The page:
Title: Be Loved
Summary: The story behind the locket. – A companion one-shot to "Beloved"
Disclaimer: I always forget these things! I don't own the characters and I only partially own the plot for Ghostward from "Beloved". The other half belongs to the wonderful, the fabulous, the absolutely perty Brelsk. Though she will deny everything.
Author's Note: The two one-shots can be read seperately but I can't guarantee they'll make much sense so good luck!
As a child I had always wondered at my father's large, weathered hands and my mother's worn, demure fingers. They were a contrast, in every sense, but each crack of my father's hands nestled just right with the simple curves of my mother's.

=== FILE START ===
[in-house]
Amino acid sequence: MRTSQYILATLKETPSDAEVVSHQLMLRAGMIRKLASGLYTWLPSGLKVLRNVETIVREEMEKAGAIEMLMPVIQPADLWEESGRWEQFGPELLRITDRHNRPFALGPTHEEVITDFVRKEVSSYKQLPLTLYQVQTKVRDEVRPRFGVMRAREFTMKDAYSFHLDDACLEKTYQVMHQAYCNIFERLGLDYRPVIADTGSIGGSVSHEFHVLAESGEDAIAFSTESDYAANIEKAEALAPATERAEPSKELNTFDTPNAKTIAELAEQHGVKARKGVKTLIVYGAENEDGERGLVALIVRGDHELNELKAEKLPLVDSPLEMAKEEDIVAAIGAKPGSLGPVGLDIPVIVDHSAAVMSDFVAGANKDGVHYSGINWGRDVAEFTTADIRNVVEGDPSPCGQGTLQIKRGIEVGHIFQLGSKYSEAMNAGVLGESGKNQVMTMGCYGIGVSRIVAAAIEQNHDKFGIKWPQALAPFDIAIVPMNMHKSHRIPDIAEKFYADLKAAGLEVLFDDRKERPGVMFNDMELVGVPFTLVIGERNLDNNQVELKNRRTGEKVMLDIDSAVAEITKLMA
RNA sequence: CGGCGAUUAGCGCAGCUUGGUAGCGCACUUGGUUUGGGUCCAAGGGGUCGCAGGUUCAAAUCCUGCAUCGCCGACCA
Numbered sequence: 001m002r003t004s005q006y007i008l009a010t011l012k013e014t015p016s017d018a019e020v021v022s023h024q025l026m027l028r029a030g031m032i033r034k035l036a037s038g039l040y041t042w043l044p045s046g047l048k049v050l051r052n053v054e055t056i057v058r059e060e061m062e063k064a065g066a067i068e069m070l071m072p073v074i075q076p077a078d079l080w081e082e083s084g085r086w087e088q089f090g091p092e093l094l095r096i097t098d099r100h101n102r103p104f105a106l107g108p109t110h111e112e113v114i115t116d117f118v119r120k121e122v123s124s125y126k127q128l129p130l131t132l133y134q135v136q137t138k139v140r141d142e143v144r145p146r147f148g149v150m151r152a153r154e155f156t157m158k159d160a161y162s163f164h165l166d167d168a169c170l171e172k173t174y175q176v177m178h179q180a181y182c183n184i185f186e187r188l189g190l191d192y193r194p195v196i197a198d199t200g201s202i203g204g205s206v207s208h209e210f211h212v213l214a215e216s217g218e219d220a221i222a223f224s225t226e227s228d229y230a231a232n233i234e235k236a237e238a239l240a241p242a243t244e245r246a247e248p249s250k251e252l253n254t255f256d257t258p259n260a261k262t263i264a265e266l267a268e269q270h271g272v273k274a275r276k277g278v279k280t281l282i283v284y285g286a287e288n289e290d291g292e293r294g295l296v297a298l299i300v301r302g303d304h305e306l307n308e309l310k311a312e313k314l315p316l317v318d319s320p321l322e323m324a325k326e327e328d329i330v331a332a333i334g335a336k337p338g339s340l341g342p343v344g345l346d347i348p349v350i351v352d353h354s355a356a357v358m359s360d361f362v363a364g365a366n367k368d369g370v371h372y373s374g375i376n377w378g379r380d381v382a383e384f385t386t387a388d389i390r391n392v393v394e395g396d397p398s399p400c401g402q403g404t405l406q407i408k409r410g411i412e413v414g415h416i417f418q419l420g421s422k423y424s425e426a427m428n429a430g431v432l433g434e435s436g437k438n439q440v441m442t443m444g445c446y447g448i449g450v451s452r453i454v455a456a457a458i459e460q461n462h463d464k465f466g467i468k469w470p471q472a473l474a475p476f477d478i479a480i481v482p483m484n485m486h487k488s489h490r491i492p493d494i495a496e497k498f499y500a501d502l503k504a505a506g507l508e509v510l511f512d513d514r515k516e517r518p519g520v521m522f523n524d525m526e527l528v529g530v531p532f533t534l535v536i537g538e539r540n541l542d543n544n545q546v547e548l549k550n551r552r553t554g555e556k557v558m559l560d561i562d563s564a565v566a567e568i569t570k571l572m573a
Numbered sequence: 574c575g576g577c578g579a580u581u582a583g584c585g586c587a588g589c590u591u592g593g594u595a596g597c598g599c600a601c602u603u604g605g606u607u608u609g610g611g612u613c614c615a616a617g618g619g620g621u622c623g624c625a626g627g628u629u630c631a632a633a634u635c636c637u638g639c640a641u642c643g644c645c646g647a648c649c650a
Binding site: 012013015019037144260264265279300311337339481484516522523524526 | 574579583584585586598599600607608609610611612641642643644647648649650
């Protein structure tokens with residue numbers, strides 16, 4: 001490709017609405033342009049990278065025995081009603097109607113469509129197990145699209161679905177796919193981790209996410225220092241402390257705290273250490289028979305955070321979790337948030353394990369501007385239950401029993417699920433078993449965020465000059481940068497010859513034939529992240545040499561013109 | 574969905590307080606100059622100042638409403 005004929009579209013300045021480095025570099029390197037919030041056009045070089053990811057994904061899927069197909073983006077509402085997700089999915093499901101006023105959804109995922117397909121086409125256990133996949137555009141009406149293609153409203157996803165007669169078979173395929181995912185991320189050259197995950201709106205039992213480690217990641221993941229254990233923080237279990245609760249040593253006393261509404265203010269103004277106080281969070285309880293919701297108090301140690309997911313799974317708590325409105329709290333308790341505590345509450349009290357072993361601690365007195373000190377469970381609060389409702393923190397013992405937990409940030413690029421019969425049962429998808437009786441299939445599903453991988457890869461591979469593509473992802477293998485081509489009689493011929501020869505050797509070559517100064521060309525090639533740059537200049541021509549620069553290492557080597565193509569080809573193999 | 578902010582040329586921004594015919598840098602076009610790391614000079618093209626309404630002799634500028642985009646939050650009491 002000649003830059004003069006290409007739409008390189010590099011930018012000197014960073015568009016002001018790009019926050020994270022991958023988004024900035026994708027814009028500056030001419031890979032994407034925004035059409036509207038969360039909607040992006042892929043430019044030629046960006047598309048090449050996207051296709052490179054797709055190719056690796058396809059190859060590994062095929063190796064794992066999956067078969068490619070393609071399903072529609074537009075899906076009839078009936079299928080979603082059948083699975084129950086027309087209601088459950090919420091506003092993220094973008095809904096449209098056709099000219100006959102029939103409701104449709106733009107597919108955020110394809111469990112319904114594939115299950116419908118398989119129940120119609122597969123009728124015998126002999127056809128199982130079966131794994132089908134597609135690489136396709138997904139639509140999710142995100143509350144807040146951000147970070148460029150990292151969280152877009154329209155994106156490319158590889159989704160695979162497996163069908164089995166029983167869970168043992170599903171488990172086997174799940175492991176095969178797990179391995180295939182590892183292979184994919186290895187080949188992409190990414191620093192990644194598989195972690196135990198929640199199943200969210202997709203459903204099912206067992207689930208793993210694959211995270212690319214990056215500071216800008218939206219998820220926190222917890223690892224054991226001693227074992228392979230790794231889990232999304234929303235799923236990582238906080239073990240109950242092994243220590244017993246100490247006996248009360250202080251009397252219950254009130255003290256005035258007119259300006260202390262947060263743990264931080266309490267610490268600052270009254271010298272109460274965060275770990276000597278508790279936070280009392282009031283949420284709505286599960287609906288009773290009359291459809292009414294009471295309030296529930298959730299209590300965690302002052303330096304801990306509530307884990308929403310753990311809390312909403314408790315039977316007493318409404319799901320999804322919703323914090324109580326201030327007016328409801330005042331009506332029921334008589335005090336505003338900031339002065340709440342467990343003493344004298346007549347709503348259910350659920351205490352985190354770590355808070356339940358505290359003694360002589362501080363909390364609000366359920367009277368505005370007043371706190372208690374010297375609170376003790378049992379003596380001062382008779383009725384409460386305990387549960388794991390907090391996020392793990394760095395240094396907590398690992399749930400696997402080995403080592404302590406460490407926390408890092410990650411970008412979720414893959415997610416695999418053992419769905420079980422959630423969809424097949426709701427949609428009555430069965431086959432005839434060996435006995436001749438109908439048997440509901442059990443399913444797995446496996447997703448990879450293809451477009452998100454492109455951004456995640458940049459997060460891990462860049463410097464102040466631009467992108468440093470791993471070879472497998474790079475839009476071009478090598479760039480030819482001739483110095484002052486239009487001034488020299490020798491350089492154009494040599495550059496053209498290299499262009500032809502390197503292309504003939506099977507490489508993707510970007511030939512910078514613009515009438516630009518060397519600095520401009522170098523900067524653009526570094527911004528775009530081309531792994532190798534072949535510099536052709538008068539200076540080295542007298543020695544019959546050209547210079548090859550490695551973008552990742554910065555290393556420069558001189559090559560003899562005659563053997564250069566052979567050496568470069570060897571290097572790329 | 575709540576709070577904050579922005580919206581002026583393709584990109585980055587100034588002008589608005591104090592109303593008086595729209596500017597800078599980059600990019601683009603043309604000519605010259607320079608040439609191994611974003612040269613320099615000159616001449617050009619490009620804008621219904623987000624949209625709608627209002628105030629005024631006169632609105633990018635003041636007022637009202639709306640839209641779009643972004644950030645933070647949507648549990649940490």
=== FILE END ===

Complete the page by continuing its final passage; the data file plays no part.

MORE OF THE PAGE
My father's hands crafted houses. My mother's crafted dinner. My father was loud where my mother was soft. My father stern and wide. My mother joyful and small. I wondered at them each and every day of my childhood. And, in my mind, one could not exist without the other. It was only fitting that when one passed, the other would shortly follow.
My father had passed first. A new illness ravaged the township every winter; each one more grueling and fearsome than the last. My father had never been sick a day in his life. I had wanted desperately to believe he would survive this but even I had known, somewhere in the back of my mind, that his days were numbered.